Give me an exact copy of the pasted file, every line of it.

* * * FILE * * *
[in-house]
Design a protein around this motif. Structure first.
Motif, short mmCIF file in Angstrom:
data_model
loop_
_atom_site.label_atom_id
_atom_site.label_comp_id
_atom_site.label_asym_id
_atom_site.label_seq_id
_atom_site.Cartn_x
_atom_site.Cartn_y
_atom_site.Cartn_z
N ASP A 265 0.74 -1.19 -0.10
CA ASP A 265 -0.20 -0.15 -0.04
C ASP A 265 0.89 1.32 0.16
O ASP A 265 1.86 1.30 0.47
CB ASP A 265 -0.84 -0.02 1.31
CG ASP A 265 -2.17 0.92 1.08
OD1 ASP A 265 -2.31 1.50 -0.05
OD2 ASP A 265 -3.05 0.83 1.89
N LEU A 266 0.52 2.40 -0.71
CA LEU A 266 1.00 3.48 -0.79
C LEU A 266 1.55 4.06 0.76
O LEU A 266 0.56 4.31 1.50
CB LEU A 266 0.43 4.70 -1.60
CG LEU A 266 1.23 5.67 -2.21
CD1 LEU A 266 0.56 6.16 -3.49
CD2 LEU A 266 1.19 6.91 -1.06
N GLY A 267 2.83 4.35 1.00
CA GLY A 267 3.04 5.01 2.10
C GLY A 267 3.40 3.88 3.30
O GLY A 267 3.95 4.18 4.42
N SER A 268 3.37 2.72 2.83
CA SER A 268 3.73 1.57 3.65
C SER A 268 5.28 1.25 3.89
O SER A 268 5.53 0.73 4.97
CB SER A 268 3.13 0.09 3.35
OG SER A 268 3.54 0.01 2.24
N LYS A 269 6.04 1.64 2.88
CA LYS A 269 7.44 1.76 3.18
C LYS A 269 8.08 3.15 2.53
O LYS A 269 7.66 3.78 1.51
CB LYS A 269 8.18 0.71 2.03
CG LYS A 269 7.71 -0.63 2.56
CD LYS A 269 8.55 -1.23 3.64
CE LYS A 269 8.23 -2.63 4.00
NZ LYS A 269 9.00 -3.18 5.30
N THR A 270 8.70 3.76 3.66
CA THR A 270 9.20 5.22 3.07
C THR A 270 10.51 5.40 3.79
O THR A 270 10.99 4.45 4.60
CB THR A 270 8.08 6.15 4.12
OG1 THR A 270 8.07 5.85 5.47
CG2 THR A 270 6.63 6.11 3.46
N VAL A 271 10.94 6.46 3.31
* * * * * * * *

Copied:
[in-house]
Design a protein around this motif. Structure first.
Motif, short mmCIF file in Angstrom:
data_model
loop_
_atom_site.label_atom_id
_atom_site.label_comp_id
_atom_site.label_asym_id
_atom_site.label_seq_id
_atom_site.Cartn_x
_atom_site.Cartn_y
_atom_site.Cartn_z
N ASP A 265 0.74 -1.19 -0.10
CA ASP A 265 -0.20 -0.15 -0.04
C ASP A 265 0.89 1.32 0.16
O ASP A 265 1.86 1.30 0.47
CB ASP A 265 -0.84 -0.02 1.31
CG ASP A 265 -2.17 0.92 1.08
OD1 ASP A 265 -2.31 1.50 -0.05
OD2 ASP A 265 -3.05 0.83 1.89
N LEU A 266 0.52 2.40 -0.71
CA LEU A 266 1.00 3.48 -0.79
C LEU A 266 1.55 4.06 0.76
O LEU A 266 0.56 4.31 1.50
CB LEU A 266 0.43 4.70 -1.60
CG LEU A 266 1.23 5.67 -2.21
CD1 LEU A 266 0.56 6.16 -3.49
CD2 LEU A 266 1.19 6.91 -1.06
N GLY A 267 2.83 4.35 1.00
CA GLY A 267 3.04 5.01 2.10
C GLY A 267 3.40 3.88 3.30
O GLY A 267 3.95 4.18 4.42
N SER A 268 3.37 2.72 2.83
CA SER A 268 3.73 1.57 3.65
C SER A 268 5.28 1.25 3.89
O SER A 268 5.53 0.73 4.97
CB SER A 268 3.13 0.09 3.35
OG SER A 268 3.54 0.01 2.24
N LYS A 269 6.04 1.64 2.88
CA LYS A 269 7.44 1.76 3.18
C LYS A 269 8.08 3.15 2.53
O LYS A 269 7.66 3.78 1.51
CB LYS A 269 8.18 0.71 2.03
CG LYS A 269 7.71 -0.63 2.56
CD LYS A 269 8.55 -1.23 3.64
CE LYS A 269 8.23 -2.63 4.00
NZ LYS A 269 9.00 -3.18 5.30
N THR A 270 8.70 3.76 3.66
CA THR A 270 9.20 5.22 3.07
C THR A 270 10.51 5.40 3.79
O THR A 270 10.99 4.45 4.60
CB THR A 270 8.08 6.15 4.12
OG1 THR A 270 8.07 5.85 5.47
CG2 THR A 270 6.63 6.11 3.46
N VAL A 271 10.94 6.46 3.31